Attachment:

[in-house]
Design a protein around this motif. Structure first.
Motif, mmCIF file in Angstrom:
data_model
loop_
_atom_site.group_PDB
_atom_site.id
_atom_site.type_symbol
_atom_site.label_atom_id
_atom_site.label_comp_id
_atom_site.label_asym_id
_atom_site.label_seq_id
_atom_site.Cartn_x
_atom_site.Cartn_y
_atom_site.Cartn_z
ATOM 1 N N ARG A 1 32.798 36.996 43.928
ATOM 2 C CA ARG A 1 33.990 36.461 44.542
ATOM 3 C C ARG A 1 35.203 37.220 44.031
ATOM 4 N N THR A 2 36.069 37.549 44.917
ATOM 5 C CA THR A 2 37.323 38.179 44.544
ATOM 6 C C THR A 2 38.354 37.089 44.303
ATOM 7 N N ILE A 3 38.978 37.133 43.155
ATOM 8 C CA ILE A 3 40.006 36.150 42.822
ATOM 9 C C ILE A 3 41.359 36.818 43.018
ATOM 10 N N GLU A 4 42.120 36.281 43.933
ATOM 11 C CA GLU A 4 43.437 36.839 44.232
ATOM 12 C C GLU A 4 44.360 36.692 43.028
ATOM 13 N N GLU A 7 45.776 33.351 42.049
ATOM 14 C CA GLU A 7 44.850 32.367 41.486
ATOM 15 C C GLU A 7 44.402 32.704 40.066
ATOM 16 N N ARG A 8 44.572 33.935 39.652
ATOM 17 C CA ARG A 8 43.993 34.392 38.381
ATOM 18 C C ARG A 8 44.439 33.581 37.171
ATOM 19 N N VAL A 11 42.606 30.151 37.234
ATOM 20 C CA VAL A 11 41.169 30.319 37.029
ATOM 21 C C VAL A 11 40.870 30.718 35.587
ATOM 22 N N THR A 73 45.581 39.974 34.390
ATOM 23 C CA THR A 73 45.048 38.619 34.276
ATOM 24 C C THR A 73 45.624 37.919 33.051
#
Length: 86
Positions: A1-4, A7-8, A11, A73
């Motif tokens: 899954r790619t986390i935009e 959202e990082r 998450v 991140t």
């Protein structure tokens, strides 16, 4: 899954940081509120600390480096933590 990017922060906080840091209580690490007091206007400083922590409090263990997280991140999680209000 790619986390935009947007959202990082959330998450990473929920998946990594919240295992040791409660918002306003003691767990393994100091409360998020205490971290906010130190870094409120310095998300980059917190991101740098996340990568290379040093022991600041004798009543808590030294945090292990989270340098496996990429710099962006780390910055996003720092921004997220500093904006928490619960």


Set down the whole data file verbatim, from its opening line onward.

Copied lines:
[in-house]
Design a protein around this motif. Structure first.
Motif, mmCIF file in Angstrom:
data_model
loop_
_atom_site.group_PDB
_atom_site.id
_atom_site.type_symbol
_atom_site.label_atom_id
_atom_site.label_comp_id
_atom_site.label_asym_id
_atom_site.label_seq_id
_atom_site.Cartn_x
_atom_site.Cartn_y
_atom_site.Cartn_z
ATOM 1 N N ARG A 1 32.798 36.996 43.928
ATOM 2 C CA ARG A 1 33.990 36.461 44.542
ATOM 3 C C ARG A 1 35.203 37.220 44.031
ATOM 4 N N THR A 2 36.069 37.549 44.917
ATOM 5 C CA THR A 2 37.323 38.179 44.544
ATOM 6 C C THR A 2 38.354 37.089 44.303
ATOM 7 N N ILE A 3 38.978 37.133 43.155
ATOM 8 C CA ILE A 3 40.006 36.150 42.822
ATOM 9 C C ILE A 3 41.359 36.818 43.018
ATOM 10 N N GLU A 4 42.120 36.281 43.933
ATOM 11 C CA GLU A 4 43.437 36.839 44.232
ATOM 12 C C GLU A 4 44.360 36.692 43.028
ATOM 13 N N GLU A 7 45.776 33.351 42.049
ATOM 14 C CA GLU A 7 44.850 32.367 41.486
ATOM 15 C C GLU A 7 44.402 32.704 40.066
ATOM 16 N N ARG A 8 44.572 33.935 39.652
ATOM 17 C CA ARG A 8 43.993 34.392 38.381
ATOM 18 C C ARG A 8 44.439 33.581 37.171
ATOM 19 N N VAL A 11 42.606 30.151 37.234
ATOM 20 C CA VAL A 11 41.169 30.319 37.029
ATOM 21 C C VAL A 11 40.870 30.718 35.587
ATOM 22 N N THR A 73 45.581 39.974 34.390
ATOM 23 C CA THR A 73 45.048 38.619 34.276
ATOM 24 C C THR A 73 45.624 37.919 33.051
#
Length: 86
Positions: A1-4, A7-8, A11, A73
């Motif tokens: 899954r790619t986390i935009e 959202e990082r 998450v 991140t």
């Protein structure tokens, strides 16, 4: 899954940081509120600390480096933590 990017922060906080840091209580690490007091206007400083922590409090263990997280991140999680209000 790619986390935009947007959202990082959330998450990473929920998946990594919240295992040791409660918002306003003691767990393994100091409360998020205490971290906010130190870094409120310095998300980059917190991101740098996340990568290379040093022991600041004798009543808590030294945090292990989270340098496996990429710099962006780390910055996003720092921004997220500093904006928490619960």